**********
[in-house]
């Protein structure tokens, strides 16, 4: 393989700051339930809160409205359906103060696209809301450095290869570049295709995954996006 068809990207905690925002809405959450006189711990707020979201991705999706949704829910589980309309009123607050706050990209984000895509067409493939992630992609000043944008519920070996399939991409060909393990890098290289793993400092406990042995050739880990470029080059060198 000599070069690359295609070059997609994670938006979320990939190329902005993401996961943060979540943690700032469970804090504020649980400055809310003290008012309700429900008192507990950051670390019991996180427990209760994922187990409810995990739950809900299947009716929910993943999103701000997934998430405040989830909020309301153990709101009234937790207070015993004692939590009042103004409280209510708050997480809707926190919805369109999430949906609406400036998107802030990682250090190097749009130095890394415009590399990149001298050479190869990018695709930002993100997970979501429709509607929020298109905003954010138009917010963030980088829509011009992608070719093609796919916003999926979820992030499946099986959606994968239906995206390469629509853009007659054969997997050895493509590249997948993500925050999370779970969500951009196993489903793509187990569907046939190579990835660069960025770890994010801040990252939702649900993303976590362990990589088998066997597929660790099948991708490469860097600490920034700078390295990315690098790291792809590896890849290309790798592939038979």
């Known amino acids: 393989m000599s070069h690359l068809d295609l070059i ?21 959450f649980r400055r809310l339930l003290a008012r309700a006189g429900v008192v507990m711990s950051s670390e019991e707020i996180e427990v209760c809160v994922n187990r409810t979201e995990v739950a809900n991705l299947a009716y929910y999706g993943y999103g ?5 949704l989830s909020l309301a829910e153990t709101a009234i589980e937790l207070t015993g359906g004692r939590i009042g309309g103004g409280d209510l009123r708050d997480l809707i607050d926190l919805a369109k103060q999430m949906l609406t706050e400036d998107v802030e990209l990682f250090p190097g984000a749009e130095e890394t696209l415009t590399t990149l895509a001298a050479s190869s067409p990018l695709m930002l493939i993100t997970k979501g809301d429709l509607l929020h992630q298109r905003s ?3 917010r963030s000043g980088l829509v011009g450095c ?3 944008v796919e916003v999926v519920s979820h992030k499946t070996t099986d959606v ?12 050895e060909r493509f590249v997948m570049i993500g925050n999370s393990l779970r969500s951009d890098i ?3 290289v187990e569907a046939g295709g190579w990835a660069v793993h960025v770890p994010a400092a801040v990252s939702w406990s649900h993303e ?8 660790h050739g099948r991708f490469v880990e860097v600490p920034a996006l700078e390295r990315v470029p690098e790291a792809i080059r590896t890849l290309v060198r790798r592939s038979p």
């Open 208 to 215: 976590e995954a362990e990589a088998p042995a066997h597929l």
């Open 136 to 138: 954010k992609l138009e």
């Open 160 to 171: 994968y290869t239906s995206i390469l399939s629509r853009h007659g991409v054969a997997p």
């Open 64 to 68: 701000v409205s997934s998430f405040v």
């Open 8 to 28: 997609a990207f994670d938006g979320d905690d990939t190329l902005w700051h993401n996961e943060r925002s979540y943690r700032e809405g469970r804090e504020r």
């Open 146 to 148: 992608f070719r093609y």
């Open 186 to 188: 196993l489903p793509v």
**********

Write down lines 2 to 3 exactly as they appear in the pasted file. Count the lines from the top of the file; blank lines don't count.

């Protein structure tokens, strides 16, 4: 393989700051339930809160409205359906103060696209809301450095290869570049295709995954996006 068809990207905690925002809405959450006189711990707020979201991705999706949704829910589980309309009123607050706050990209984000895509067409493939992630992609000043944008519920070996399939991409060909393990890098290289793993400092406990042995050739880990470029080059060198 000599070069690359295609070059997609994670938006979320990939190329902005993401996961943060979540943690700032469970804090504020649980400055809310003290008012309700429900008192507990950051670390019991996180427990209760994922187990409810995990739950809900299947009716929910993943999103701000997934998430405040989830909020309301153990709101009234937790207070015993004692939590009042103004409280209510708050997480809707926190919805369109999430949906609406400036998107802030990682250090190097749009130095890394415009590399990149001298050479190869990018695709930002993100997970979501429709509607929020298109905003954010138009917010963030980088829509011009992608070719093609796919916003999926979820992030499946099986959606994968239906995206390469629509853009007659054969997997050895493509590249997948993500925050999370779970969500951009196993489903793509187990569907046939190579990835660069960025770890994010801040990252939702649900993303976590362990990589088998066997597929660790099948991708490469860097600490920034700078390295990315690098790291792809590896890849290309790798592939038979």
């Known amino acids: 393989m000599s070069h690359l068809d295609l070059i ?21 959450f649980r400055r809310l339930l003290a008012r309700a006189g429900v008192v507990m711990s950051s670390e019991e707020i996180e427990v209760c809160v994922n187990r409810t979201e995990v739950a809900n991705l299947a009716y929910y999706g993943y999103g ?5 949704l989830s909020l309301a829910e153990t709101a009234i589980e937790l207070t015993g359906g004692r939590i009042g309309g103004g409280d209510l009123r708050d997480l809707i607050d926190l919805a369109k103060q999430m949906l609406t706050e400036d998107v802030e990209l990682f250090p190097g984000a749009e130095e890394t696209l415009t590399t990149l895509a001298a050479s190869s067409p990018l695709m930002l493939i993100t997970k979501g809301d429709l509607l929020h992630q298109r905003s ?3 917010r963030s000043g980088l829509v011009g450095c ?3 944008v796919e916003v999926v519920s979820h992030k499946t070996t099986d959606v ?12 050895e060909r493509f590249v997948m570049i993500g925050n999370s393990l779970r969500s951009d890098i ?3 290289v187990e569907a046939g295709g190579w990835a660069v793993h960025v770890p994010a400092a801040v990252s939702w406990s649900h993303e ?8 660790h050739g099948r991708f490469v880990e860097v600490p920034a996006l700078e390295r990315v470029p690098e790291a792809i080059r590896t890849l290309v060198r790798r592939s038979p």